18F-fluorocholine PET/CT Imaging in Hyperparathyroidism
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|ClinicalTrials.gov Identifier: NCT03203668|
Recruitment Status : Recruiting
First Posted : June 29, 2017
Last Update Posted : July 2, 2017
|Condition or disease||Intervention/treatment||Phase|
|Hyperparathyroidism||Radiation: 18F-choline PET/CT||Not Applicable|
Primary hyperparathyroidism is a common endocrine disorder for which the diagnosis is biochemical and therapy surgical in the vast majority of cases; in secondary and tertiary hyperparathyroidism, surgical treatment is usually chosen when conservative measures fail to control the condition. The previously used surgical approach of bilateral neck exploration is being replaced by minimally invasive procedures, whose advantage is shorter duration of operation and general anesthesia, lower morbidity and fewer complications with comparable success rates.
A prerequisite for minimally invasive surgery is successful localization of the offending parathyroid tissue. Most commonly used imaging modality for this purpose is parathyroid scintigraphy with 99mTc-sestaMIBI, usually supplemented by ultrasound of the neck. Overall, parathyroid scintigraphy is a sensitive method for localization of hyperfunctioning parathyroid tissue; however, its diagnostic performance is significantly lower in patients with multiple parathyroid lesions.
In comparison to conventional nuclear medicine imaging approaches for localization of the offending parathyroid tissue, positron emission tomography with computed tomography (PET/CT) offers superior image resolution with an additional advantage of attenuation correction and co-registration of functional and anatomical information. 18F-fluorocholine is a PET tracer which is commonly used for prostate cancer imaging. In contrast to 18F-fluorodeoxyglucose (18F-FDG), it is also taken up by well-differentiated neoplasms in which 18F-FDG uptake is unreliable. The investigators hypothesize that 18F-fluorocholine might be efficiently taken up by parathyroid adenomata and/or hyperplasia.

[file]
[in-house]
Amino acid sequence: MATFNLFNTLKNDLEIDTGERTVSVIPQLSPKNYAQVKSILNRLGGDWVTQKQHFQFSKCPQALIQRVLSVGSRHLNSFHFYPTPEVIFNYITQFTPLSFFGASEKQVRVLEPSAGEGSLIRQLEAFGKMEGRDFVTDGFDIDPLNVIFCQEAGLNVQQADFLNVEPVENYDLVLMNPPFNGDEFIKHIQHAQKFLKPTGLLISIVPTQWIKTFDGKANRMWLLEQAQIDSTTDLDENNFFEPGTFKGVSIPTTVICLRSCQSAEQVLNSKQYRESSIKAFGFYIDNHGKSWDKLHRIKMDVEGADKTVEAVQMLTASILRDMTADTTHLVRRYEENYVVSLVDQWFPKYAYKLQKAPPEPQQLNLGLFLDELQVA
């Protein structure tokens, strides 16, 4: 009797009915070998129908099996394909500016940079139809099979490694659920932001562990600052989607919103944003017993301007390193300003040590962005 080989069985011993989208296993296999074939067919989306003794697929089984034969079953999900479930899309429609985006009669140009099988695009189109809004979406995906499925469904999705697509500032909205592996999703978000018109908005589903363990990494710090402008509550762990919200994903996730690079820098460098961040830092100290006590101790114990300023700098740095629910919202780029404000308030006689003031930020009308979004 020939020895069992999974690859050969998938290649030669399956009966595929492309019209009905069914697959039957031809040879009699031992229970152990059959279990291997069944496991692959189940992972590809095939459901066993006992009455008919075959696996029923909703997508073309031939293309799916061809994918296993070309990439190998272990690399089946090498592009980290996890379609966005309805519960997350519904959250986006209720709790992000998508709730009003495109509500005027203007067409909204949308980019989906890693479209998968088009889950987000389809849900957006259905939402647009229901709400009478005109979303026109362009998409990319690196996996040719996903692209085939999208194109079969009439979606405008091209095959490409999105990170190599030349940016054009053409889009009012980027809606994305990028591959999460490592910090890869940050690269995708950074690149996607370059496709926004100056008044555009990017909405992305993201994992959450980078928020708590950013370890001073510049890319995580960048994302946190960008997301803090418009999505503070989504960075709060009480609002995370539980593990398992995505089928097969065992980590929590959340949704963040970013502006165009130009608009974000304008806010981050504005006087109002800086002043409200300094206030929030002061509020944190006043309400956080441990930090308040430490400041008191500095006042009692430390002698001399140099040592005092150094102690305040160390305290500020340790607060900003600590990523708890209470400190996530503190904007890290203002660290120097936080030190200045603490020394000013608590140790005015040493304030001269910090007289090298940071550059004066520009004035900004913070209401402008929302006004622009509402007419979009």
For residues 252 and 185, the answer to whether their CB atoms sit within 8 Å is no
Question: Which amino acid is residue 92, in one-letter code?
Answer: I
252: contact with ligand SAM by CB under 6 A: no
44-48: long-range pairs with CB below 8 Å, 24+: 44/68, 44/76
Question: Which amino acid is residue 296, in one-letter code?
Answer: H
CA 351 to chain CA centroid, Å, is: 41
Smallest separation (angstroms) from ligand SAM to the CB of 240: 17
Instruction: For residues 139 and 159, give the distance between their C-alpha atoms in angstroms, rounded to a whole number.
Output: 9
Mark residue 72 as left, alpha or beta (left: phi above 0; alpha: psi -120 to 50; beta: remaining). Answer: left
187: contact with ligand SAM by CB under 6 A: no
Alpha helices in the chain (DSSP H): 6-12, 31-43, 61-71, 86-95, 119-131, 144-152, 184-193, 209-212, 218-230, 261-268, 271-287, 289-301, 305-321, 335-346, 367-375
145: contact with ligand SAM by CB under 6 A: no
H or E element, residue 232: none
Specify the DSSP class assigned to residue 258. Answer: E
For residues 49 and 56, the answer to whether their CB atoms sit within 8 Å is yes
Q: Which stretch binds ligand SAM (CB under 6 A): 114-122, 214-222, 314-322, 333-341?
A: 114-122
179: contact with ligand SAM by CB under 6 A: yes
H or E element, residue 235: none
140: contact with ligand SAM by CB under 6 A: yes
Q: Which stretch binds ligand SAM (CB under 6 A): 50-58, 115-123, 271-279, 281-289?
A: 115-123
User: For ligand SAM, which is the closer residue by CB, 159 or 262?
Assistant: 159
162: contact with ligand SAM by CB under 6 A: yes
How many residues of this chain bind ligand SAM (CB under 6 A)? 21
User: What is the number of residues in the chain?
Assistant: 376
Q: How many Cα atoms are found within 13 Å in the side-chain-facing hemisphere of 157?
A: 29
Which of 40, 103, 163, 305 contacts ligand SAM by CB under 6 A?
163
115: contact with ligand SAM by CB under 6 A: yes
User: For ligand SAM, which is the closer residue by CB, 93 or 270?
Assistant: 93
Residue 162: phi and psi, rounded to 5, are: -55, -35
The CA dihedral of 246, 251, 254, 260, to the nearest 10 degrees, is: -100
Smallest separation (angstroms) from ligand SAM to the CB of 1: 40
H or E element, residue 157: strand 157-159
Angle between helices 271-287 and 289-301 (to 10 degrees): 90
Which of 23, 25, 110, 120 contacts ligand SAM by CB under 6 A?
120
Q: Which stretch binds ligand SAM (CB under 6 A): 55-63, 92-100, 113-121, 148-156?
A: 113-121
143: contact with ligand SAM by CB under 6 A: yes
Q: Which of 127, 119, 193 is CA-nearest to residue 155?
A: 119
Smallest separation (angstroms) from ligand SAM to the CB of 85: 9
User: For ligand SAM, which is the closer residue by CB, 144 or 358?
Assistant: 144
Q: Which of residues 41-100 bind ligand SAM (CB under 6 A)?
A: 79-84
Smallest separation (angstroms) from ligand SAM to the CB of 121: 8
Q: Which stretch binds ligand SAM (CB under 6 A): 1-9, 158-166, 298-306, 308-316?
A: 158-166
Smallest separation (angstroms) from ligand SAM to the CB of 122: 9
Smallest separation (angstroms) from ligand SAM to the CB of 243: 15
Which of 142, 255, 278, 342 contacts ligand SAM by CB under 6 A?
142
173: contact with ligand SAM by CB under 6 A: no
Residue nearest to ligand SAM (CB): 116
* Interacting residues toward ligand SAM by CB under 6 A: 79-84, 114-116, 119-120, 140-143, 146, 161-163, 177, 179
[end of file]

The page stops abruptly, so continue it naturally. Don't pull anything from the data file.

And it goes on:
The aim of this study is to investigate the efficiency of localization of hyperfunctioning parathyroid tissue with 18F-fluorocholine PET/CT in patients with primary hyperparathyroidism and to compare its efficiency to conventional scintigraphic imaging methods for this purpose.
|Study Type :||Interventional (Clinical Trial)|
|Estimated Enrollment :||1000 participants|
|Intervention Model:||Single Group Assignment|
|Masking:||None (Open Label)|
|Official Title:||Diagnostic Value of 18F-fluorocholine PET/CT Imaging in Localization of Hyperfunctioning Parathyroid Tissue in Hyperparathyroidism|
|Actual Study Start Date :||January 1, 2013|
|Estimated Primary Completion Date :||December 31, 2020|
|Estimated Study Completion Date :||December 31, 2020|
Choline PET/CT imaging added to conventional imaging assessment in hyperparathyroidism (parathyroid scintigraphy, ultrasound, CT or MRI if indicated)
Radiation: 18F-choline PET/CT
18F-choline PET/CT imaging (neck, mediastinum)
- Sensitivity & Specificity [ Time Frame: 3 months ]Ability to detect the hyperfunctioning parathyroid tissue
- Biochemical/clinical outcome - iPTH levels [ Time Frame: 1 year ]Normalization of biochemical abnormalities related to hyperfunctioning parathyroid tissue (iPTH levels [pg/mL])
- Biochemical/clinical outcome - Ca2+ levels [ Time Frame: 1 year ]Normalization of biochemical abnormalities related to hyperfunctioning parathyroid tissue (Ca2+ levels [mmol/L])
- Improvement in patient management - operating time [ Time Frame: 3 years ]Duration of surgical procedure (minutes)
- Improvement in patient management - duration of hospital stay [ Time Frame: 3 years ]Duration of hospital stay (hours)
- Improvement in patient management - complications of surgery [ Time Frame: 3 years ]Complications (number)
- Improvement in patient management - cost [ Time Frame: 3 years ]Expenses of surgical/hospital management (EUR)
To learn more about this study, you or your doctor may contact the study research staff using the contact information provided by the sponsor.
Please refer to this study by its ClinicalTrials.gov identifier (NCT number): NCT03203668
|Contact: Luka Lezaic, MD PhD||+386 1 522 84 email@example.com|
|Department for nuclear medicine, University medical centre Ljubljana||Recruiting|
|Ljubljana, Slovenia, 1000|
|Contact: Luka Lezaic, Md PhD +386 1 522 84 50 firstname.lastname@example.org|